The Joint Committee on Human Rights has published its report into Human Rights in care settings in England following an inquiry it launched in September 2021. It found that care users need stronger human rights protections, with gaps in how vulnerable people are protected in care settings. It has called for the Government to work with the CQC to ensure there is “stringent oversight” of how care providers implement safeguards to protect the human rights of care users.
Concerns that safeguards are not applied correctly
The Joint Committee found that Do Not Attempt Cardiopulmonary Resuscitation notices and Deprivation of Liberty Safeguards are often not applied correctly, with treatment wrongfully withheld or care user’s liberty infringed.
On DNACPR notices, they restate that theses notices relate solely to cardiopulmonary resuscitation and should not be applied in a blanket fashion to groups of individuals, nor be confused with decisions about other treatment. Again they remind readers that care users and their families should be involved in the DNACPR notices, with comprehensive record keeping, monitoring and review at an organisational level to ensure best practice is being followed.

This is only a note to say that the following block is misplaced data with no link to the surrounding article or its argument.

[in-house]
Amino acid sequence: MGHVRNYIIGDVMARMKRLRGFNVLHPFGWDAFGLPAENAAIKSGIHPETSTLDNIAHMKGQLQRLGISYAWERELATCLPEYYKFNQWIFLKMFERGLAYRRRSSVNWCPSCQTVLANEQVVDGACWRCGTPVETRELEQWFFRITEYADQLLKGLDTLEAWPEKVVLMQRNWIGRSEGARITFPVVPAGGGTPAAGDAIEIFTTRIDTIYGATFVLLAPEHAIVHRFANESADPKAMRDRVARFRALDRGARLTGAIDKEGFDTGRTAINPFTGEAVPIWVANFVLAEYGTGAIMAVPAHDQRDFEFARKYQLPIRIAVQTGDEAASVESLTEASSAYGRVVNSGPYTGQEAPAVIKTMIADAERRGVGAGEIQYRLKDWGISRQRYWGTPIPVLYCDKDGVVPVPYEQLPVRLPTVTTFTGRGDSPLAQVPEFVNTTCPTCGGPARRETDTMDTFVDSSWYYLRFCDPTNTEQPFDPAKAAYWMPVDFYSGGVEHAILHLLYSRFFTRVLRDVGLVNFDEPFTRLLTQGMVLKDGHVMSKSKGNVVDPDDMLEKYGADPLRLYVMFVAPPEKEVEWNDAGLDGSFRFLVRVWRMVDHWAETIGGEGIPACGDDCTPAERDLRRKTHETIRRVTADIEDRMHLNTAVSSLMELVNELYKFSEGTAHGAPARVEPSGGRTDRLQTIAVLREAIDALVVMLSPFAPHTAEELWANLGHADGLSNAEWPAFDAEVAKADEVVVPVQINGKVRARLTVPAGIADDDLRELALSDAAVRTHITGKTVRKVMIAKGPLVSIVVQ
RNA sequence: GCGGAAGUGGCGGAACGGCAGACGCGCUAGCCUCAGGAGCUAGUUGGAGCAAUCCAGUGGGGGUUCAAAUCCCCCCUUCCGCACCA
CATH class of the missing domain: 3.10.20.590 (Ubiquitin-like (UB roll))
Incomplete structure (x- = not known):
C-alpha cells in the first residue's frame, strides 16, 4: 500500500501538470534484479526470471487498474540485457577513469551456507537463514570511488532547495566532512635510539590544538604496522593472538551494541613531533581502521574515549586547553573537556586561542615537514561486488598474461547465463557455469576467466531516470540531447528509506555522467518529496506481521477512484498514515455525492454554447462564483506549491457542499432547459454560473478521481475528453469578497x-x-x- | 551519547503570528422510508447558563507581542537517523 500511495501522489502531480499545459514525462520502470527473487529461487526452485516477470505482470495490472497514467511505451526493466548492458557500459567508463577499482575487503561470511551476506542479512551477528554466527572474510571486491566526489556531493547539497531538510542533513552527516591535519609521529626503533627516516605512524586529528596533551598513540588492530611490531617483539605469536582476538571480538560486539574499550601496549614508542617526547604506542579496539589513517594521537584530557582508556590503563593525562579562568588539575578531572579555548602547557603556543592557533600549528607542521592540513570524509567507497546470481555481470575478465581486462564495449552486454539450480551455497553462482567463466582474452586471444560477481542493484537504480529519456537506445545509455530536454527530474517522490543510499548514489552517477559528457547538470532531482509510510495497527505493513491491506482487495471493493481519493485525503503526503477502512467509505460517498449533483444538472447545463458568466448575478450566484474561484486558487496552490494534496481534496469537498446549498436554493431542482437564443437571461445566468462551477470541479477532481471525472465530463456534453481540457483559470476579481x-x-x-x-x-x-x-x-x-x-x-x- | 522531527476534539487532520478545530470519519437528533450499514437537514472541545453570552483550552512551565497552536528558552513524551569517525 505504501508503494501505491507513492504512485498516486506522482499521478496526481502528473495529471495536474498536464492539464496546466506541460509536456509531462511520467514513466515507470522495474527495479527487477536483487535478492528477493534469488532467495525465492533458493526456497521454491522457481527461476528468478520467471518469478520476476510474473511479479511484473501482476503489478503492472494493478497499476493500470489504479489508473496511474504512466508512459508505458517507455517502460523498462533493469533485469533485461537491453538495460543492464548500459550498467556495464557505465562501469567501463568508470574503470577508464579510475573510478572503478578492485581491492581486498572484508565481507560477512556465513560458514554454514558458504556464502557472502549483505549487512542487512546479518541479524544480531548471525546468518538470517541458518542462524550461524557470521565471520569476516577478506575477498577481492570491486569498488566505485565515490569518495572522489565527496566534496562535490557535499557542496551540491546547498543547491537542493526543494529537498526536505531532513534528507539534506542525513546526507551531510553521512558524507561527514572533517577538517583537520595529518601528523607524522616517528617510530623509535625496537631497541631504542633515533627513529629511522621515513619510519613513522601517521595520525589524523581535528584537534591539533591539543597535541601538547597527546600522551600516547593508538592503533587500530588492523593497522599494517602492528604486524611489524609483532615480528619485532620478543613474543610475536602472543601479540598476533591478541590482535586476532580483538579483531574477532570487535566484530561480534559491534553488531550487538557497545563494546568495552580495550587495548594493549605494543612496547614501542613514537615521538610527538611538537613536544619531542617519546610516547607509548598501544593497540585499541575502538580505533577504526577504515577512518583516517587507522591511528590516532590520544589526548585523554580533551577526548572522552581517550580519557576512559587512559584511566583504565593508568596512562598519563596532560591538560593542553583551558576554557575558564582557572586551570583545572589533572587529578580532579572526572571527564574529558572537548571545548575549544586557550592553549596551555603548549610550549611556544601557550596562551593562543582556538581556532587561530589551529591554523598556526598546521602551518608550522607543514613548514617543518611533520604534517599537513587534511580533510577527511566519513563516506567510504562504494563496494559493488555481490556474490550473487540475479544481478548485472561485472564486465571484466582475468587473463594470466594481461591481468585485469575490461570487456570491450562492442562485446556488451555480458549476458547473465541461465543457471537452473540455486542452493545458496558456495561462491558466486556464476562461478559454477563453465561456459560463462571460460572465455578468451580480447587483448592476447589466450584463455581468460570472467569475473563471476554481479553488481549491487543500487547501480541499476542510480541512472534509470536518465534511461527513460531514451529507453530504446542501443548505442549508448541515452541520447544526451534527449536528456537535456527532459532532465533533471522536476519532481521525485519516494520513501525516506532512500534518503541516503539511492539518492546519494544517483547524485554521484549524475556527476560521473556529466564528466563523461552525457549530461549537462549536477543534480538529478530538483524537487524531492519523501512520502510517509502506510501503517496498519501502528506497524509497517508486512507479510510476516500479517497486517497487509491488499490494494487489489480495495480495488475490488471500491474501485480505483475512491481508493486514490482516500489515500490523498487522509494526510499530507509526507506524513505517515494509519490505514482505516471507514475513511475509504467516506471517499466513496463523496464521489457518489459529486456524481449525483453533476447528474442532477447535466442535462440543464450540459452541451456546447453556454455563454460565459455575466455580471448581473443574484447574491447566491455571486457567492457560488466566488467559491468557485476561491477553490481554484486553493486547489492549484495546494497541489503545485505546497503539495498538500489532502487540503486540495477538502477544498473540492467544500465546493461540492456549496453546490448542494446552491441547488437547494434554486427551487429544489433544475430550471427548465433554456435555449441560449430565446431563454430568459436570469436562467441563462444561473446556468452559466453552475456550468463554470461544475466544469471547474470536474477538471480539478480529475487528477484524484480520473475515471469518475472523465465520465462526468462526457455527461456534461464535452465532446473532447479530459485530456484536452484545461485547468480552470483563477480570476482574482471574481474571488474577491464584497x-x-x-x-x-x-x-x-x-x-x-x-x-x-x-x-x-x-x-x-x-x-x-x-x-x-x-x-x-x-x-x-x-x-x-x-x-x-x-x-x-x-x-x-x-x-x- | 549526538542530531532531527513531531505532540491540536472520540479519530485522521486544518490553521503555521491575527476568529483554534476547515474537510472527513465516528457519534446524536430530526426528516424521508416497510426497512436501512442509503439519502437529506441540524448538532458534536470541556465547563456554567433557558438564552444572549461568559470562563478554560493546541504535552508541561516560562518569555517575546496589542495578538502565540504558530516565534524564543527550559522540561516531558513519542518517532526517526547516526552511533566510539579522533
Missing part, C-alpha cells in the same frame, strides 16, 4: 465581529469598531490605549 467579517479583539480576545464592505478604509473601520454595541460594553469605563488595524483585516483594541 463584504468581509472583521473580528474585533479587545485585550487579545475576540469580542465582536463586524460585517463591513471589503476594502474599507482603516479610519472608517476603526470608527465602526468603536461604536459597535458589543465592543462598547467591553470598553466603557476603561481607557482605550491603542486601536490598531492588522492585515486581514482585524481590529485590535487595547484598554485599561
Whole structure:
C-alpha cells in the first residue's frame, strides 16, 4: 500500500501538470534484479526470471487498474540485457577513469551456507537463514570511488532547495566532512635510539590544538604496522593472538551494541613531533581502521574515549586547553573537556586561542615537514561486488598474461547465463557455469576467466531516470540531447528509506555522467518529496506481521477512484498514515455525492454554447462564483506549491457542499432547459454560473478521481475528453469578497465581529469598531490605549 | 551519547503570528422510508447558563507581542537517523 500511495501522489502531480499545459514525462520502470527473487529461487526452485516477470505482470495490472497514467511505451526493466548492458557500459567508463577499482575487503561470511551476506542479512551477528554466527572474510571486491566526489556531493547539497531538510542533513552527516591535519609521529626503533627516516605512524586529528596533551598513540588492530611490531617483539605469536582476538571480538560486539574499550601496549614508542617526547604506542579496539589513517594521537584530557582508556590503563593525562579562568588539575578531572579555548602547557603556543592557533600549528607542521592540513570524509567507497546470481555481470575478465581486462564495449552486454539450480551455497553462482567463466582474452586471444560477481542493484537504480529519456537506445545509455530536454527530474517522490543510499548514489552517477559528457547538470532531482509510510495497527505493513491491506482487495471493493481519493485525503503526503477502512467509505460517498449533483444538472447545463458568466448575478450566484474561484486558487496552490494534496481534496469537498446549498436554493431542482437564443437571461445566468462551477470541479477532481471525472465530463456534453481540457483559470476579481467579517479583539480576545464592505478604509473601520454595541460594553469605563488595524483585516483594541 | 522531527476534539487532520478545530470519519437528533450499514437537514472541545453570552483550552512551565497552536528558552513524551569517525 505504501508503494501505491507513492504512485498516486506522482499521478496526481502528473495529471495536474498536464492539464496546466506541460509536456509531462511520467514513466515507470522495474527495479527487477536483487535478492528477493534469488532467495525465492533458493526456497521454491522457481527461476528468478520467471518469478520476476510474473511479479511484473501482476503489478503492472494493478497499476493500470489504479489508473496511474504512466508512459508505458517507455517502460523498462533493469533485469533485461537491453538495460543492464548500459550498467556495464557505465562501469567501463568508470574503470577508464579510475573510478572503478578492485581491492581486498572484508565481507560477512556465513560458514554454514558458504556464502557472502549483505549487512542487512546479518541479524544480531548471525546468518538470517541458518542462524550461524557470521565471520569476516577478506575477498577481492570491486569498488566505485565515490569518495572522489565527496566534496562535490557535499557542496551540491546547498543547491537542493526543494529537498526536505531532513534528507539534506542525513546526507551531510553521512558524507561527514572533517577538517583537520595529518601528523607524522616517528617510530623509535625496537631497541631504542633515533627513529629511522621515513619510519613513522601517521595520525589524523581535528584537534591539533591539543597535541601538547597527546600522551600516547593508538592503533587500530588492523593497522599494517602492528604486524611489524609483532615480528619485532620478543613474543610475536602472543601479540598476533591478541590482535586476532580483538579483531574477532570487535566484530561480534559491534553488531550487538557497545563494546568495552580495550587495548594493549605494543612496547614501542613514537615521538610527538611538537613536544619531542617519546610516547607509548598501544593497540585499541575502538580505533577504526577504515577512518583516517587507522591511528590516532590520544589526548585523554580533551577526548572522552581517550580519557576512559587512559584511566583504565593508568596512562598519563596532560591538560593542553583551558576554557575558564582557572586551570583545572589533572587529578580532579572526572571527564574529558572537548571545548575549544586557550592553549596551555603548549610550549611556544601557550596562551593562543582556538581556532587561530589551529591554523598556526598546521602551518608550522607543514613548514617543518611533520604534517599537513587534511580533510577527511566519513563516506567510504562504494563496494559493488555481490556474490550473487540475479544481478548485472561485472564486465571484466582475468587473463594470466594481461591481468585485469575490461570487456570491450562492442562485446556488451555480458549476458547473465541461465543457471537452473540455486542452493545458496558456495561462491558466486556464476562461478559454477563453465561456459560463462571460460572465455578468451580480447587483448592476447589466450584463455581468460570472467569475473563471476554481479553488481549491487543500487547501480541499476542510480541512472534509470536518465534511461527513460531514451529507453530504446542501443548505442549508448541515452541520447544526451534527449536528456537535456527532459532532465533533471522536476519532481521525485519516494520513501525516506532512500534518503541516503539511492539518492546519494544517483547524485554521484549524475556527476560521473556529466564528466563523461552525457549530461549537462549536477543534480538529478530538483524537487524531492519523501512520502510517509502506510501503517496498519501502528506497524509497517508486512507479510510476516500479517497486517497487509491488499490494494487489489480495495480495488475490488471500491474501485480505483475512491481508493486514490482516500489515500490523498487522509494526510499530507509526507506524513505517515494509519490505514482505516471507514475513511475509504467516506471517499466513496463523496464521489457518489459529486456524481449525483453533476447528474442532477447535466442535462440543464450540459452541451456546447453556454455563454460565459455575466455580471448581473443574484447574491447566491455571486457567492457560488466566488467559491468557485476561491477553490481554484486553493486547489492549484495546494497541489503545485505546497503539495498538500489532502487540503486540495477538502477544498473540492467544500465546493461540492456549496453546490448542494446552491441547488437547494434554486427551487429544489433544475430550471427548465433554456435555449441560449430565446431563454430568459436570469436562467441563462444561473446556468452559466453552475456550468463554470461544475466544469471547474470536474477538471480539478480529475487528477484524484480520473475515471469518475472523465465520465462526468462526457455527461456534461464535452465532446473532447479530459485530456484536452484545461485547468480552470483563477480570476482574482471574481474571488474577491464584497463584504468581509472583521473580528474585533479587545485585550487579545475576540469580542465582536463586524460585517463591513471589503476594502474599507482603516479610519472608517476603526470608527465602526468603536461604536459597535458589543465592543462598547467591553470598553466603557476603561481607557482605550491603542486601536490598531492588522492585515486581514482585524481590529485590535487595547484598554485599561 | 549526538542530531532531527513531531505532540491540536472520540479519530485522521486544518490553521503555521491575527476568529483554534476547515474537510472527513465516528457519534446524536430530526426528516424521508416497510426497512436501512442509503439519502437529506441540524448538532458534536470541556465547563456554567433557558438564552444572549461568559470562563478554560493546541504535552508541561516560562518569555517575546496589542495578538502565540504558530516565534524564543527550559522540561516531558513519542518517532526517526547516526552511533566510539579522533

Levelling the playing field on human rights
The report calls on the Government to consult on whether the protections of the Human Rights Act should be extended to those receiving care and support from all regulated providers –not limited to those were care is publicly funded or arranged.
And finally, recommendations are made on the issue of securing visitation rights for care users, with a call for the Government to establish a legal right for care users to nominate individuals for visiting rights.
Lots to digest!
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